Association Between Cytochrome 1B1*3 Polymorphism and the Breast Cancer in a Group of Iranian Women


Faezeh Kholousi Adab 1 , Zahra Tahmasebi Fard ORCID 2 , * , Mohammad Esmaeil Akbari 2

1 Department of Molecular and Cellular Sciences, Faculty of Advanced Sciences & Technology, Pharmaceutical Sciences Branch, Islamic Azad University, Tehran, Iran

2 Cancer Research Center, Shahid Beheshti University of Medical Sciences, Tehran, Iran

How to Cite: Kholousi Adab F, Tahmasebi Fard Z, Esmaeil Akbari M. Association Between Cytochrome 1B1*3 Polymorphism and the Breast Cancer in a Group of Iranian Women, Int J Cancer Manag. 2017 ; 10(1):e6428. doi: 10.17795/ijcp-6428.


Iranian Journal of Cancer Prevention: 10 (1); e6428
Published Online: January 24, 2017
Article Type: Research Article
Received: April 17, 2016
Revised: March 24, 2016
Accepted: January 14, 2017


Background: As a hormone-dependent cancer, estrogen is involved in the development of breast cancer. CYP1B1 belongs to the P450 superfamily of enzymes and is involved in the metabolism of estrogen. The present study investigates the relationship between CYP1B1*3 rs1056836 polymorphism and breast cancer in Iranian women.

Methods: The present case-control study was conducted on 79 women with breast cancer and 79 healthy women admitted to Shohadaye Tajrish hospital in Tehran. Blood samples were taken from all the participants and their leukocyte DNA was extracted. The PCR-RFLP method was used for genotyping the participants based on the size of the pieces on the gel. Based on Hardy-Weinberg equilibrium model, the frequency of alleles was calculated.

Results: The mean age of participants was 48 ± 8 years old in the cancer group and 43±6 years old in the control group. After counting the genotypes, their percentages were calculated as 30.38% for the GG genotype, 37.97% for the GC/CG and 31.65% for the CC in the cancer group and as 32.91% for the GG genotype, 53.16% for the GC/CG and 13.93% for the CC in the control group. Based on Hardy-Weinberg equilibrium model, the frequency of the G allele and C allele was 49.37% and 50.63 in the cancer group, and about 59.49% and 40.51% in the control group. A statistically significant difference was observed between the two groups in terms of the CC homozygotes (P = 0.008).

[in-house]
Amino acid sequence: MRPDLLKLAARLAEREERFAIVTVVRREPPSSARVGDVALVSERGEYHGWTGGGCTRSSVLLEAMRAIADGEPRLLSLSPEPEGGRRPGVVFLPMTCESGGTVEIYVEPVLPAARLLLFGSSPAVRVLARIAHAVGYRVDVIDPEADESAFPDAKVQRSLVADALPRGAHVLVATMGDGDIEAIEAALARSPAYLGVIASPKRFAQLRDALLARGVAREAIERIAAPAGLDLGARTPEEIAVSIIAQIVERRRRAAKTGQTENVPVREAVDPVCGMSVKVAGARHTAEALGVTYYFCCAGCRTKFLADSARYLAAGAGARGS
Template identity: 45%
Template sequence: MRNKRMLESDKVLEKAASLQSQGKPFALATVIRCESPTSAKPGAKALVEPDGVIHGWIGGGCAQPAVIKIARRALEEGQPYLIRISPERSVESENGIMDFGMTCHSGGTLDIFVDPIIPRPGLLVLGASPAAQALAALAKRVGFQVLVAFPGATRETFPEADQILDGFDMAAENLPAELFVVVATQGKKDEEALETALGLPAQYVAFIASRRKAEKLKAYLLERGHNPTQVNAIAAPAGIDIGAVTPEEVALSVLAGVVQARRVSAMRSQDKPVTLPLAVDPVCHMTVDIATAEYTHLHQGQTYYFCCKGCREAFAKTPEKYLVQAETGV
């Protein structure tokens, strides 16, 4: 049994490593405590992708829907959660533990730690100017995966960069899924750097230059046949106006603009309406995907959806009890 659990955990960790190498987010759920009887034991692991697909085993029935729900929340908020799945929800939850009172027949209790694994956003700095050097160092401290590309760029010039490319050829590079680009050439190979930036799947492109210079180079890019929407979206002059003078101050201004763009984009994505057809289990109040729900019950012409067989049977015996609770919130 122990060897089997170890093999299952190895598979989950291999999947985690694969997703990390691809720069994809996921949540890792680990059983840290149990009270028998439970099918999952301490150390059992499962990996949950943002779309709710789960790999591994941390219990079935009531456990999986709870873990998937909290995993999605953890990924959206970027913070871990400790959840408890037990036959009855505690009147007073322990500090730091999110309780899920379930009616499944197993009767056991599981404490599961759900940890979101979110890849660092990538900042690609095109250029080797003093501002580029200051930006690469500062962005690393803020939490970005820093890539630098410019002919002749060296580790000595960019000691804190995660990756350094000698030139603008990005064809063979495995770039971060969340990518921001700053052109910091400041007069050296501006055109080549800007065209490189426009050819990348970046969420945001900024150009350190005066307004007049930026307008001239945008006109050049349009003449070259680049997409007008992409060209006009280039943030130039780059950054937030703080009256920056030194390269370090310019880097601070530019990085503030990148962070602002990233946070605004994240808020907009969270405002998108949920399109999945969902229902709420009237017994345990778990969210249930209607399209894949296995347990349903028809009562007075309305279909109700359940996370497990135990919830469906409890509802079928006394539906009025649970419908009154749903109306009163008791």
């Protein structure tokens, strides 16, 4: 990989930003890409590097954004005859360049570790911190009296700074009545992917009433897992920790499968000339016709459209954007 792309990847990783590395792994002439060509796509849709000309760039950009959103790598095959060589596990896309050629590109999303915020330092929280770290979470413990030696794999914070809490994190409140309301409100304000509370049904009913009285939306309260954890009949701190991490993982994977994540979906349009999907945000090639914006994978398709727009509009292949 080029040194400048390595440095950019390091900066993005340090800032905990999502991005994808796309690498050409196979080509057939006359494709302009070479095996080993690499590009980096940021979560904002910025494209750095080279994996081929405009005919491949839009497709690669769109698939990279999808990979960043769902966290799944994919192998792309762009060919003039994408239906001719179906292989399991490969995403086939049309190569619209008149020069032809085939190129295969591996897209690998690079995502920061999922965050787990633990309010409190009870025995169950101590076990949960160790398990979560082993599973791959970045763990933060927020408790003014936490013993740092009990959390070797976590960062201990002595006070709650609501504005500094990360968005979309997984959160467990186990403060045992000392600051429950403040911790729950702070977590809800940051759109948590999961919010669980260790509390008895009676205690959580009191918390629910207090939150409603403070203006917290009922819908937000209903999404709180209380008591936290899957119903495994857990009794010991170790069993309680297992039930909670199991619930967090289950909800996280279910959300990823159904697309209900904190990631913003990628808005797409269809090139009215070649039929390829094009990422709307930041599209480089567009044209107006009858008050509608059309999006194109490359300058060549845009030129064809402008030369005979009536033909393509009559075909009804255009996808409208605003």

Conclusions: The results obtained showed possibility of a significant relationship between CYP1B1 rs1056836 polymorphism and the risk of developing breast cancer, and the polymorphism can, therefore, be said to be involved in the development of this condition.

1. Background

Breast cancer is one of the most common cancers in women (1). Recent studies suggest that the rising trend of breast cancer has turned the condition into one of the most common malignancies among Iranian women with a prevalence of 120 per every 100,000 women. It is therefore essential to investigate the etiology of breast cancer among Iranian women (2, 3). Breast cancer is a hormone-dependent cancer and the interaction between estrogen and progesterone is involved in its development (4, 5). CYP1B1 belongs to the cytochrome P450 superfamily of enzymes that has been reported to have a strong role in initiating malignancy in organs responding to estrogen, such as the breast, as well as in causing hormone-dependent cancers (6). CYP1B1 is overexpressed in breast tumors and other tumor tissues such as the lungs, the skin, the ovaries and the testicles (7-9).

Cytochrome P450 enzymes have an active presence in all living creatures, from Eukaryotes to Eubacteria and Archaebacteria. These enzymes catalyze a variety of reactions and are part of the electron transfer system in the complex network of endoplasmic detoxification (10). They are also responsible for the catalysis of many reactions, including steroid and other lipid reactions. These hemoproteins (10) are a combination of mono-oxygenases composed of about 500 amino acids and one iron group at their active site. These enzymes catalyze the oxidation of potentially hazardous waste substances by dissolving them in water and use iron for the oxidation of some other compounds (11).

Made up of three exons and two introns, CYP1B1 is located at 2p21-22. Open reading framework (ORF) begins with the second exon and encodes an enzyme with 543 amino acids (12-14); that is, only two exons are encoded from this gene (15). The different polymorphisms of this gene have been reported as m1 (CYP1B1*1), m2 (CYP1B1*2), m3 (CYP1B1*3), m4 (CYP1B1*4), m5 (CYP1B1*5), m6 (CYP1B1*6) and m7 (CYP1B1*7) (16-18), which vary widely across different races and populations.

Various genotypes have been reported for the rs1056836 polymorphism in Asian and European populations (19, 20). The different genotypes of this polymorphism have been examined and their frequency reported in countries such as Poland, China, Sweden, the US, India, and Ethiopia and in Caucasian populations. In Asian and African-American countries, Guanine (G) is normally located at the nucleotide 4326 locus of CYP1B1, which encodes Valine in the protein chain (19), whereas in European countries, Cytosine (C) is located at the same locus of the gene, encoding Leucine (Leu) in the protein chain (21). The wild-type nucleotide located at the 4326 locus of CYP1B1 has been reported to take different positions in different populations.